Smiting Ruin on Montainsides: Your Prose

“…and I smote his ruin on the mountainside.” – The Lord of the Rings (J.R.R. Tolkien)
She dressed like mankiller barbie. – Northern Lights (Nora Roberts)
Nice to meet’cha. I’m gonna beat’cha. – Bleach (Tite Kubo)
It is a truth universally acknowledged that a single man in possession of a large fortune must be in want of a wife. – Pride and Prejudice (Jane Austen)

I remember reading The Two Towers for the first time, breathlessly waiting to hear all about Gandalf’s fight with the balrog. I finally reached the sentence “…and I smote his ruin on the mountainside.” I had to stop a minute and let the phrase sink in. My mind was stunned: that sentence was so cool!

Everyone’s writing style is different; not just in topic or genre, but in cadence, sentence structure and word choice. It can be so distinct in some writers that it almost becomes a personality trait. The way you use your words is like leaving a thumbprint on every sentence; letting the world know that you wrote this!

Just as in creating plots and characters, your writing style is influenced by the books you read. If you tend to read a lot of Austen or Bronte, you’ll find yourself writing with a period structure, regardless of what you’re writing about. If you’re a fan of Nora Roberts, you’ll find you may have a Roberts’ flair to your style. If you are a die-hard Tolkiener, same goes (especially if you’ve created multiple separate languages and plan to have a lot of singing going on). This isn’t a bad thing, necessarily. In art, it used to be the norm to copy the masters before exploring one’s own style. The only caution is overdoing it. Unless you are writing fan-fiction, it’s best develop your own style, using unique metaphors and similes. A pain, yes, but it’s necessary if you want your work to feel original. You have your own voice, so don’t be afraid to use it!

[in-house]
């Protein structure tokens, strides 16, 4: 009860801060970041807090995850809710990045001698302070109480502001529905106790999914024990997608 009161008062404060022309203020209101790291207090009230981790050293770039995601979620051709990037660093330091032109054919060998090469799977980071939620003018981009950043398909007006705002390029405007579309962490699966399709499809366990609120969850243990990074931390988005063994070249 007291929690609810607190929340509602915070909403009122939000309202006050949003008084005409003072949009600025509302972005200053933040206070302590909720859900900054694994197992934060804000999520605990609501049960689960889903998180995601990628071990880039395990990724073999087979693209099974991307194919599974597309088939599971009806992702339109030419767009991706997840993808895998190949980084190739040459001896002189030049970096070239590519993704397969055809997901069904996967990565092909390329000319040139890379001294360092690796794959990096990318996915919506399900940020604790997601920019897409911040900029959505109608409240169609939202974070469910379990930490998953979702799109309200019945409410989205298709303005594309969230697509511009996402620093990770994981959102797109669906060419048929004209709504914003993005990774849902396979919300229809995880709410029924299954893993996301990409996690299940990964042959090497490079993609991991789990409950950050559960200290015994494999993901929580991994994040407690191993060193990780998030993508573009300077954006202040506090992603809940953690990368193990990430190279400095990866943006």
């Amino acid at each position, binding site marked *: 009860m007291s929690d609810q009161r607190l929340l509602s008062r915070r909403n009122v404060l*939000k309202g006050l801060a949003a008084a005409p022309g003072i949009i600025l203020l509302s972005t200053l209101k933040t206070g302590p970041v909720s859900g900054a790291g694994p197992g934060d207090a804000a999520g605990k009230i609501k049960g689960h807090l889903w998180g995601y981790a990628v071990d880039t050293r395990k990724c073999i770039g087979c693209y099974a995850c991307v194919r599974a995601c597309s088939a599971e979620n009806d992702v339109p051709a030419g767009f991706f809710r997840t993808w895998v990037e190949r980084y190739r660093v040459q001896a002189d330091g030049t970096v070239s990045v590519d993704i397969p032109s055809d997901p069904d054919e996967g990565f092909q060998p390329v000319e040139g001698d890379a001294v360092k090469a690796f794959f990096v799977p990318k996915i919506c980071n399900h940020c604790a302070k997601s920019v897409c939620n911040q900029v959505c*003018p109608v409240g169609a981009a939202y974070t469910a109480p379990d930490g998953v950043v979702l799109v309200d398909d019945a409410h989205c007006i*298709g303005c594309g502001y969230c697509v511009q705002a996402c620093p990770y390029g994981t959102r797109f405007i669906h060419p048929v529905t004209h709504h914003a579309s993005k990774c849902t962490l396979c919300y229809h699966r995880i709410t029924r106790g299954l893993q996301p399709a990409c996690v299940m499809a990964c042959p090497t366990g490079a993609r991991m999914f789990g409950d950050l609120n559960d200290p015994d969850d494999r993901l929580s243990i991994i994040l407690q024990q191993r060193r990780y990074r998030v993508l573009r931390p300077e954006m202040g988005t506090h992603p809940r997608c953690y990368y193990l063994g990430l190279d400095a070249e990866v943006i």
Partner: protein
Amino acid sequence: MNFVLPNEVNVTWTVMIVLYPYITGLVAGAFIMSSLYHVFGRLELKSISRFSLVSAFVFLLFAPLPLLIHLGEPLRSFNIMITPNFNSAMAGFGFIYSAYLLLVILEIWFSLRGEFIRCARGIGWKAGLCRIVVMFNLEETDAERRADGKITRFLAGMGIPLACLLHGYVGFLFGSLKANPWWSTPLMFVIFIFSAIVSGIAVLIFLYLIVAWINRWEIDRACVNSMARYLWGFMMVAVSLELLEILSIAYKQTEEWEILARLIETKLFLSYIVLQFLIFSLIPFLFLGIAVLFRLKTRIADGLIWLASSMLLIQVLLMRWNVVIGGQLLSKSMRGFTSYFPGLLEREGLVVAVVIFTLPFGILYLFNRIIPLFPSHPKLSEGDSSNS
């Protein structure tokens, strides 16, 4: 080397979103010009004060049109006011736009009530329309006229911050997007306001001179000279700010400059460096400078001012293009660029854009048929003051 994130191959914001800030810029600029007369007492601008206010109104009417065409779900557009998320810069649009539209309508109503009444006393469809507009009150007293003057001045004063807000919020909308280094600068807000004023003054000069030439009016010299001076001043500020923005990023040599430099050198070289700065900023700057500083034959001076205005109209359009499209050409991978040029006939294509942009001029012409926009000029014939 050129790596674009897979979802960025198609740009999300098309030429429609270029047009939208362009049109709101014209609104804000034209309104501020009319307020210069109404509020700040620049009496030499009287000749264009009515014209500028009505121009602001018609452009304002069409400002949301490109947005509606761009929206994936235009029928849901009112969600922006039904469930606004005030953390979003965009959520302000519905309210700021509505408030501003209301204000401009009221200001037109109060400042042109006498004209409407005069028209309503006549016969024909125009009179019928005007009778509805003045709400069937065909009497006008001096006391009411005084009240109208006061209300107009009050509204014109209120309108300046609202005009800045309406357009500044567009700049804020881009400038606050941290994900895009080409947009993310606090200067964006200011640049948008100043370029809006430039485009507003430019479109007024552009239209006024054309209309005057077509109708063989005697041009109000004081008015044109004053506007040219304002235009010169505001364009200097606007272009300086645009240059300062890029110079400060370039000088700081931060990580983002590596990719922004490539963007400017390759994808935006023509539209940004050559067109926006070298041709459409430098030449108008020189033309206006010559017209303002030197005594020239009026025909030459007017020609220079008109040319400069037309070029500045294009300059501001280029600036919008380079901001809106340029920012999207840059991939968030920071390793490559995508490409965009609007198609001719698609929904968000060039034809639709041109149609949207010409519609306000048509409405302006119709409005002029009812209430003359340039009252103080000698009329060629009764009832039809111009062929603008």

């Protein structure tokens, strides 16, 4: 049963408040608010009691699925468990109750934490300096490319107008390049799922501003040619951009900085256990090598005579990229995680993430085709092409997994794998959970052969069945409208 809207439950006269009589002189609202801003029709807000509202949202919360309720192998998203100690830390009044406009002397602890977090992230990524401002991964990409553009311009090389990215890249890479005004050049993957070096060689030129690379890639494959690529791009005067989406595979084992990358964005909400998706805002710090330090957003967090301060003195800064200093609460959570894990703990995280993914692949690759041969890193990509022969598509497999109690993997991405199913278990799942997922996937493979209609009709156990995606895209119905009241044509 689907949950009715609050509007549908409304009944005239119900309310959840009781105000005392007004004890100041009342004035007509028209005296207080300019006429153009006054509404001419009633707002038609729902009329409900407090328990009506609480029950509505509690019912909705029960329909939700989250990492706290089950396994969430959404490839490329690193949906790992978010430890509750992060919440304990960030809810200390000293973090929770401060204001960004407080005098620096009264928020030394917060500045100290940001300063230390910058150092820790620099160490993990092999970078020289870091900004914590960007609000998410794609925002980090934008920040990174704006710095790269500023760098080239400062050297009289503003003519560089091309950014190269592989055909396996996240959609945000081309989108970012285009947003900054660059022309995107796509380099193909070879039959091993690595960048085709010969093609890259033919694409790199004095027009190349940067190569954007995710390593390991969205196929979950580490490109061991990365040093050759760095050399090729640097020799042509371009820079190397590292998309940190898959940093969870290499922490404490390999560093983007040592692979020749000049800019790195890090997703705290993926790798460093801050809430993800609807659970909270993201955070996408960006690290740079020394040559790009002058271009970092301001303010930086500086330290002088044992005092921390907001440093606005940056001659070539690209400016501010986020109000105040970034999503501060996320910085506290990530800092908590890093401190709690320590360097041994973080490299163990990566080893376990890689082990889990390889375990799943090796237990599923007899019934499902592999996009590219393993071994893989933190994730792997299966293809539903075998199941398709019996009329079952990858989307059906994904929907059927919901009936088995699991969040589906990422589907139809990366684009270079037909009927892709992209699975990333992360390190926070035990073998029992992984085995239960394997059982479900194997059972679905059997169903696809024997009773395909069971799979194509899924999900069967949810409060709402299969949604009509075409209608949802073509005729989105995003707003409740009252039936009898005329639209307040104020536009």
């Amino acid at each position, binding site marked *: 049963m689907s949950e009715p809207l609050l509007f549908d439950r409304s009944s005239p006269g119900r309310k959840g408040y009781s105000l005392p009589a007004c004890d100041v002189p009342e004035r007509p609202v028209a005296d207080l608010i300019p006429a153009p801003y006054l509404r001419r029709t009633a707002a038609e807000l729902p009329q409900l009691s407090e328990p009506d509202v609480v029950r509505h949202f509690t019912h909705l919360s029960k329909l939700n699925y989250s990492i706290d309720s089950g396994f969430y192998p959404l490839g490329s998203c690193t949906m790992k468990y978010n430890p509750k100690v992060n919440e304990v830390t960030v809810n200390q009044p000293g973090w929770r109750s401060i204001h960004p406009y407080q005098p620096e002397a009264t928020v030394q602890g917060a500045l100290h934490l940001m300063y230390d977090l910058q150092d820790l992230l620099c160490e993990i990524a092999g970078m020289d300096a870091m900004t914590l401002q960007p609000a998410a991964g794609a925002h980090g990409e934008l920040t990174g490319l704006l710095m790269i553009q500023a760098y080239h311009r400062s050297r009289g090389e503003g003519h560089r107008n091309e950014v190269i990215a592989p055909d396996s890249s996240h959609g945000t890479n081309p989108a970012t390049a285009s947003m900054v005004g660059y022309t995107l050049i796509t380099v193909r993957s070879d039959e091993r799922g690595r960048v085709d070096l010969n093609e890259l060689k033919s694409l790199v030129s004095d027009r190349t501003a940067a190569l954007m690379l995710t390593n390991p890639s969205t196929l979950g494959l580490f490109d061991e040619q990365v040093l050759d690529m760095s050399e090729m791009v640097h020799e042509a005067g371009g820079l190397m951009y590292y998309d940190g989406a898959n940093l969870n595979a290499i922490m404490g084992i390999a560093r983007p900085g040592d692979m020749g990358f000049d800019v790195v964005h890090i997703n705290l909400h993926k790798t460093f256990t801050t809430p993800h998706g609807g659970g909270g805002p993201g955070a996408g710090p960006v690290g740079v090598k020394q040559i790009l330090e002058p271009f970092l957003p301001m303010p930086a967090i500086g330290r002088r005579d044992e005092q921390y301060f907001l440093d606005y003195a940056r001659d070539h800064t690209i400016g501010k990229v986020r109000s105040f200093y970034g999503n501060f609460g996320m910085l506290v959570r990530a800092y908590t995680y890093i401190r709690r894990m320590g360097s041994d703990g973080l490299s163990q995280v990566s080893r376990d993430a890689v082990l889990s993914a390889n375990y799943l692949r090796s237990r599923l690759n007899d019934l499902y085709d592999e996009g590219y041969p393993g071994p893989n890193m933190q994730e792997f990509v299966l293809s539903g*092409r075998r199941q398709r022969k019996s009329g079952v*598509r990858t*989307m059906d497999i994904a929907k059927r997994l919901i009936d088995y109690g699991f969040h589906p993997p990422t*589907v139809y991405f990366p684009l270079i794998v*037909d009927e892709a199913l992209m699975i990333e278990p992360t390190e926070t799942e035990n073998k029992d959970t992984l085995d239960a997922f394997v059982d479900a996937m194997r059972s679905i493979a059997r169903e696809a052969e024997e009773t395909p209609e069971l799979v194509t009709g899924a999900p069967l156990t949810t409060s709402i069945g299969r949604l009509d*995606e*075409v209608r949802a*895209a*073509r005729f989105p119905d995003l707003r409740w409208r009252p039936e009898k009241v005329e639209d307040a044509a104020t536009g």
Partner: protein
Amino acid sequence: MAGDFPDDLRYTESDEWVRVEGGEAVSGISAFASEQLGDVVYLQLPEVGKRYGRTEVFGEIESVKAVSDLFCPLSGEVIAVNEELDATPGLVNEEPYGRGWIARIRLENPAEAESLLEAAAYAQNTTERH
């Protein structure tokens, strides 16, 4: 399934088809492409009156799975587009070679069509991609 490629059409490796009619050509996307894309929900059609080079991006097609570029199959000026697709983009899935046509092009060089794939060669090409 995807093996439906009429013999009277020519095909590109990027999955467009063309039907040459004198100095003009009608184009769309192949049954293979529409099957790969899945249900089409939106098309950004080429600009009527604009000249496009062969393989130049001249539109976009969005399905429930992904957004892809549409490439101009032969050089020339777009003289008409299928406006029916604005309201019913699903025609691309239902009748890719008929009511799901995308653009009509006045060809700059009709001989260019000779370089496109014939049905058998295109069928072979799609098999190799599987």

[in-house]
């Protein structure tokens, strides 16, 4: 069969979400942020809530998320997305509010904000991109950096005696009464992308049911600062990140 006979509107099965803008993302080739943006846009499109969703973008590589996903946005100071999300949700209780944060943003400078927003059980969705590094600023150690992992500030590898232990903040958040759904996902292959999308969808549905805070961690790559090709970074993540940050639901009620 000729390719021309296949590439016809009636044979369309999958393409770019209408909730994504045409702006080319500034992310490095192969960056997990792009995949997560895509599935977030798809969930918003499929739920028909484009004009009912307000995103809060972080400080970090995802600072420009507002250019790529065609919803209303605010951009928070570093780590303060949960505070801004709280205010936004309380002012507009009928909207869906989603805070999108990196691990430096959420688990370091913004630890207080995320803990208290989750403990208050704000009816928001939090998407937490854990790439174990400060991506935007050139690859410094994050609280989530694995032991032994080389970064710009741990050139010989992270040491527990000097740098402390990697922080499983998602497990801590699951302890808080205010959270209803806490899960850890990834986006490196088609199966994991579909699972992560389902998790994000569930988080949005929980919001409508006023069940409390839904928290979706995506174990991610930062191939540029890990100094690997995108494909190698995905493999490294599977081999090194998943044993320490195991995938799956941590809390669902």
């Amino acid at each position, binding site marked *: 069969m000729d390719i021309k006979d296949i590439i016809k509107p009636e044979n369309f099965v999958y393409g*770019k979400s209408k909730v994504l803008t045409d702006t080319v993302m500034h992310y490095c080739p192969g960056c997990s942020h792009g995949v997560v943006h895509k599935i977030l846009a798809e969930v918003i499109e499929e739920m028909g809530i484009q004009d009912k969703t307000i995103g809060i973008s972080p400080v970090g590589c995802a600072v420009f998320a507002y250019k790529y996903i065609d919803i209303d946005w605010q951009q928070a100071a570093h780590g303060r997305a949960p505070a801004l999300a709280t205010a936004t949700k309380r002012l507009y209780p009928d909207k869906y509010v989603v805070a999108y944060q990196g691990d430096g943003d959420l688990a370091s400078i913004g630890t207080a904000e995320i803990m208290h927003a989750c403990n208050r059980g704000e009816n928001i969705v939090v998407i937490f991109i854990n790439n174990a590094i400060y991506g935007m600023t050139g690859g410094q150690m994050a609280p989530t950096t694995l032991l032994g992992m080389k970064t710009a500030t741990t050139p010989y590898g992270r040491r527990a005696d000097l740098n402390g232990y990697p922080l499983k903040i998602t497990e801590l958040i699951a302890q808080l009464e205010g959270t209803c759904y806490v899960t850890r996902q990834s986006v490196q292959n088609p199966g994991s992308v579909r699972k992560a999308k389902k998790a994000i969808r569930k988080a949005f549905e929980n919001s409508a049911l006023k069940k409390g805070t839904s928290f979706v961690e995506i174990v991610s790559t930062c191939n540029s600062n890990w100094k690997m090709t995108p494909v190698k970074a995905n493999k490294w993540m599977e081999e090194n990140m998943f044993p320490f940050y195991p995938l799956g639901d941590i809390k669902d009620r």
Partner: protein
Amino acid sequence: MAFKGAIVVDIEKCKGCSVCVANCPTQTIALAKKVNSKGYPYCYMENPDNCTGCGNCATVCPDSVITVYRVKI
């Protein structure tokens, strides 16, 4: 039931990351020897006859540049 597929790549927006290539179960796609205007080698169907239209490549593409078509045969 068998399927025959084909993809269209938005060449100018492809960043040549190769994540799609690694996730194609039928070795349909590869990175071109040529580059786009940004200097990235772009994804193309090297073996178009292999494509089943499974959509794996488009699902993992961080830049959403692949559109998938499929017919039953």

There are writers out there who’s work I love simply because I love their writing style. I can close the book thinking that the plot was flat and the main characters weak, but the prose used to move the story along was fantastic! It’s too bad that I won’t read that book again, but I’ll remember that I loved the twisting of the words. On the other hand, there are books out there whose stories I can’t get into because I keep getting hung up on their (to me) poor use of words.Your very choice of words is just as vital to your story as the plot and all the characters put together!

I took a psychology class in college which described word-choice in an interesting way.
There was once an experiment on the use of certain words; three subjects watch a movie about two cars in an accident. Afterward, they were each handed different sheets that described the accident.
1) After the car, going 45 mph, bumped the truck, how much damage was there?
2) After the car, going 45 mph, hit the truck, how much damage was there?
3) After the car, going 45 mph, crashed into the truck, how much damage was there?
When they got the sheets back with the answers, the subject who had the first sheet wrote “minimal damage.” The second wrote “moderate damage.” The third wrote “heavy damage.” Why is that? Word choice! They watched the same movie, and were given the same information about the speed of the car, but the verb used in the question gave them a mental image that had them writing different answers.

Being creative with your prose is the great art of all writers. It’s takes a lot of work and effort, and one sentence may end up being changed around and around at every edit, but it helps to make even a fairy tale retold original. Just let me know if you smite anything on mountainsides!

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